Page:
Mr. Competitive got the nickname from his fourth grade teacher, and he still loves to win.
He's enjoyed that feeling more times than most over the last three years. But Connor Mora nearly made a decision that would’ve deprived the state’s cross country community of its fastest runner this season.
Soccer was a serious contender for Mora’s talents as he contemplated what fall sport to play as a freshman. Not until the end of June that summer did the now-senior decide to join Cedar Springs’ cross country team instead.
“I’ve thought about it a lot, where my life would be if I chose to play soccer. I don’t know where I’d be right now,” he said.
And the rest is history. Or can become so today.
A Second Half High 5 recipient this week, Mora will run in his fourth and final MHSAA cross country championship race at Michigan International Speedway, and is expected to lead the pack.
To answer Mora’s question, had he chosen option two, he might have just finished patrolling the Redhawks’ midfield. He was “all right” at soccer and played it through middle school. But that’s when he also decided to run cross country with some friends who were joining the team.
Great call. Fast forward to Nov. 7, 2009, when he ran a 16:23.4 at MIS. He finished 15th at the Division 2 Final and was the fastest freshman in that race. Only Lake Orion’s T.J. Carey (16:18.2) was faster among freshmen from all four divisions.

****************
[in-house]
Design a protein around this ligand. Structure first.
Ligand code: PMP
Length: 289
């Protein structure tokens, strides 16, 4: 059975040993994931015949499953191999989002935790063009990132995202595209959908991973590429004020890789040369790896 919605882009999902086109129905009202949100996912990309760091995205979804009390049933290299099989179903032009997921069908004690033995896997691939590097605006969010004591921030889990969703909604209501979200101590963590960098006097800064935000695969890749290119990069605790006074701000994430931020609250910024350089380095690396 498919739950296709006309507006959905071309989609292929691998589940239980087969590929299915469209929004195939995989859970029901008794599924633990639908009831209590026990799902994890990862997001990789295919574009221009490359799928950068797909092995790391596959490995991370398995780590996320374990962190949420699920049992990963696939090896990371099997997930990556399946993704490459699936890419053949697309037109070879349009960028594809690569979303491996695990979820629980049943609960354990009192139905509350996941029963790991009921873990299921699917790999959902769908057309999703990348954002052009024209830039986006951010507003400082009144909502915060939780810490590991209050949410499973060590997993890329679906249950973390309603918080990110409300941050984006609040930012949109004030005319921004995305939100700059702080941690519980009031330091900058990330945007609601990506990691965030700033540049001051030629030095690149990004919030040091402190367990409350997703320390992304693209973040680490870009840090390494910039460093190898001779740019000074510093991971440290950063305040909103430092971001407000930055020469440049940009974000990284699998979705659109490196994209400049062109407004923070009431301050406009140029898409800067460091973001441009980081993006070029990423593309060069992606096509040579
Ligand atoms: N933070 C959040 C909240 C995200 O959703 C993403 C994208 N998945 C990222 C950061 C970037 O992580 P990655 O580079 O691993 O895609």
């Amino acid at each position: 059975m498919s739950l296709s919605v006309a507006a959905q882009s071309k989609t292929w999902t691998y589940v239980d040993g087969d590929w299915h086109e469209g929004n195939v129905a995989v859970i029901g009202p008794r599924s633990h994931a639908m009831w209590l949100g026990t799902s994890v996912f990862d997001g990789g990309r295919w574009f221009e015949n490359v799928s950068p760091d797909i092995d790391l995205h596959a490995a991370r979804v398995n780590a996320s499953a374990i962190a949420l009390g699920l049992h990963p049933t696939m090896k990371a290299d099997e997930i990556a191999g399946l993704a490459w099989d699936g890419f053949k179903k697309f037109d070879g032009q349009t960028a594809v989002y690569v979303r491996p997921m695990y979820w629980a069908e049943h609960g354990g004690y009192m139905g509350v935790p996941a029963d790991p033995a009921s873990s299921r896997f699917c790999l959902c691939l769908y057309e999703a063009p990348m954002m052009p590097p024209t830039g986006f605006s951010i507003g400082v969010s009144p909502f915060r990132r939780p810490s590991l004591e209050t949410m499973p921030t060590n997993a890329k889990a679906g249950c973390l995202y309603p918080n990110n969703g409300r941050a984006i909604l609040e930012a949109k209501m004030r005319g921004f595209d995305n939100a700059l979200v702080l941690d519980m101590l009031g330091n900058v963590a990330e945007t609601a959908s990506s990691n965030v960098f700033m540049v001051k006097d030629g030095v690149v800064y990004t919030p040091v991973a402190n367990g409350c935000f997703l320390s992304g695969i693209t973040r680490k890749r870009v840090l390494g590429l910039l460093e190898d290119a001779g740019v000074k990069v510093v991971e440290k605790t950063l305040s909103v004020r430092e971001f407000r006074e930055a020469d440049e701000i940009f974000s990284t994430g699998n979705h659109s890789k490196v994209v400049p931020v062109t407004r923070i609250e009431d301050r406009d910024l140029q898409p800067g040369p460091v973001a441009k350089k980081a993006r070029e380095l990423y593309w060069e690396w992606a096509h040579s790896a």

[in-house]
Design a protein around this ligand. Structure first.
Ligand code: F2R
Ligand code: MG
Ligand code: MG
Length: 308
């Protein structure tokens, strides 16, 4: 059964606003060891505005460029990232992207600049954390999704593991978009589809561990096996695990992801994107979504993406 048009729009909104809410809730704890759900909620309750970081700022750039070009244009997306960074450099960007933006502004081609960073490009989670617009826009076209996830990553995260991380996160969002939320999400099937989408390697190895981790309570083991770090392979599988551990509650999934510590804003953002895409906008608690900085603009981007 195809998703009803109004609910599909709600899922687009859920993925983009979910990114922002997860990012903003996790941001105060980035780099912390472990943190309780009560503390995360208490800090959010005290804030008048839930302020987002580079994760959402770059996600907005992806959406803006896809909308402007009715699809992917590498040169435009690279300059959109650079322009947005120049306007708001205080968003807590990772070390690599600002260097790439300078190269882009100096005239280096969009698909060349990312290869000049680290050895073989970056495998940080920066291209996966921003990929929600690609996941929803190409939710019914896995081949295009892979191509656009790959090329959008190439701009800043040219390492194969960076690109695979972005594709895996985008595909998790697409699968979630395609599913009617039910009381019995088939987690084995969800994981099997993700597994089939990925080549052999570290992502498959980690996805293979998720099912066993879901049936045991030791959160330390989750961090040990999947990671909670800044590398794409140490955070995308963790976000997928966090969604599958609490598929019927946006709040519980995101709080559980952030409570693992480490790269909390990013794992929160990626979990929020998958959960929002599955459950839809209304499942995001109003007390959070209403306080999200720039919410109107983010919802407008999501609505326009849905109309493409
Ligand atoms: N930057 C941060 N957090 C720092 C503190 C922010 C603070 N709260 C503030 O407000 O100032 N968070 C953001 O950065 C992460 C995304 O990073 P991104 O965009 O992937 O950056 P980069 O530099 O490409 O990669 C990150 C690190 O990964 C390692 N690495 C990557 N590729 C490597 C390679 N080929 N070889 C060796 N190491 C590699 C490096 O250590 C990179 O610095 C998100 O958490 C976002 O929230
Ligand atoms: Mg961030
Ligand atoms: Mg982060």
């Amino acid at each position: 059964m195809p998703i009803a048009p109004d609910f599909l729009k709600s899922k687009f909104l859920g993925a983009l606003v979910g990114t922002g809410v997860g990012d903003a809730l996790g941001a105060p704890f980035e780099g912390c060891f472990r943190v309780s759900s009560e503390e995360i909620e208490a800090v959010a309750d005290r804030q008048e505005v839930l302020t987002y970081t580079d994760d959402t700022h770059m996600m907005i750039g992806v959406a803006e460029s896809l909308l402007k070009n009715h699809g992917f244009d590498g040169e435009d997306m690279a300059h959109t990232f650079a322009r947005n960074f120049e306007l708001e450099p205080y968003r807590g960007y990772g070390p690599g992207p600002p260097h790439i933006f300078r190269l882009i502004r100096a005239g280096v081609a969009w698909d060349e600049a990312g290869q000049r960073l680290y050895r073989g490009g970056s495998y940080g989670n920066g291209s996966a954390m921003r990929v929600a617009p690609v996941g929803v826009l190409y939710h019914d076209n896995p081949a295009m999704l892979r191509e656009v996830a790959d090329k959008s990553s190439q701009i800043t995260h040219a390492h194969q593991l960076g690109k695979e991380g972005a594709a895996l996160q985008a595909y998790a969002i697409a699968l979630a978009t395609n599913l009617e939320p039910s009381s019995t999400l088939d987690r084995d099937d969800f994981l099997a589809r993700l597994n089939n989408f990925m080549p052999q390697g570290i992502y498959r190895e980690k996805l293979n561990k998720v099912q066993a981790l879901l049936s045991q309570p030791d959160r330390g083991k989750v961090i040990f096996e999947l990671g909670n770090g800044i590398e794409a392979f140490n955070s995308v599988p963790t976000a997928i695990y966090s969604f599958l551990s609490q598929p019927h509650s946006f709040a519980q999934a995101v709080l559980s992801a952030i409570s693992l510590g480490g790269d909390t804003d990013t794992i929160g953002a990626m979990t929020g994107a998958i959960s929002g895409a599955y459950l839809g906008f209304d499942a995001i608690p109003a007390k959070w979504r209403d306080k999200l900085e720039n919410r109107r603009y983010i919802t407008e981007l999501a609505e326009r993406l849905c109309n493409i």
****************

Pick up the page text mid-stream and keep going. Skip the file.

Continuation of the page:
In 2010, Mora cut his Finals time to 15:39. He finished fifth in Division 2 and was the fastest sophomore in any race by five seconds.
Last season he ran a 15:33.2 at MIS, good for third in Division 2 behind two seniors. And he was again second-fastest in his grade on the day, with only Carey in Division 1 edging him by a second.
So it makes sense that Mora enters his final high school cross country race with the fastest time in the state this fall by 11 seconds after breaking the 15-minute milestone with a 14:54 at his Regional a week ago.
That time broke his personal best by 20 seconds and the Cedar Springs school record by seven.
"The exciting thing for me as a coach was being able to call off his time with maybe 200 or 300 meters to go. That’s one of my styles; I’m not at the finish line, I’m away from the finish line letting them know where they’re at,” Cedar Springs coach Ted Sabinas said. “When I called out his time, I could see he instantly knew what that meant. He had put on an amazing 800 anyway to separate himself from Clark Ruiz (of Big Rapids). When he knew he had a chance to break into the 14s, that look on his face, that effort he put in, it was something to see.”
Breaking into the 14s for a high school runner is comparable to a running back rushing for 2,000 yards or a basketball player scoring 2,000 points in a career. It’s done on occasion, but only by the very best.
Sabinas has coached cross country at the school for 28 years. He’s watched the program emerge from its beginnings to an MHSAA team title contender, and he told Mora earlier this week that he remembers vividly when his all-time top runner broke into the 16s for the first time, and then the 15s too.
But he’s become memorable for more. Mora won MHSAA track championships in the 1,600 and 800 this spring, and owns the school 1,600 record of 4:09. He’s a 3.8 student and a leader who pulled in even his youngest teammates and helped them to feel included. Mora remembers the runners who pushed him when he was a freshman, and works to supply the same influence now.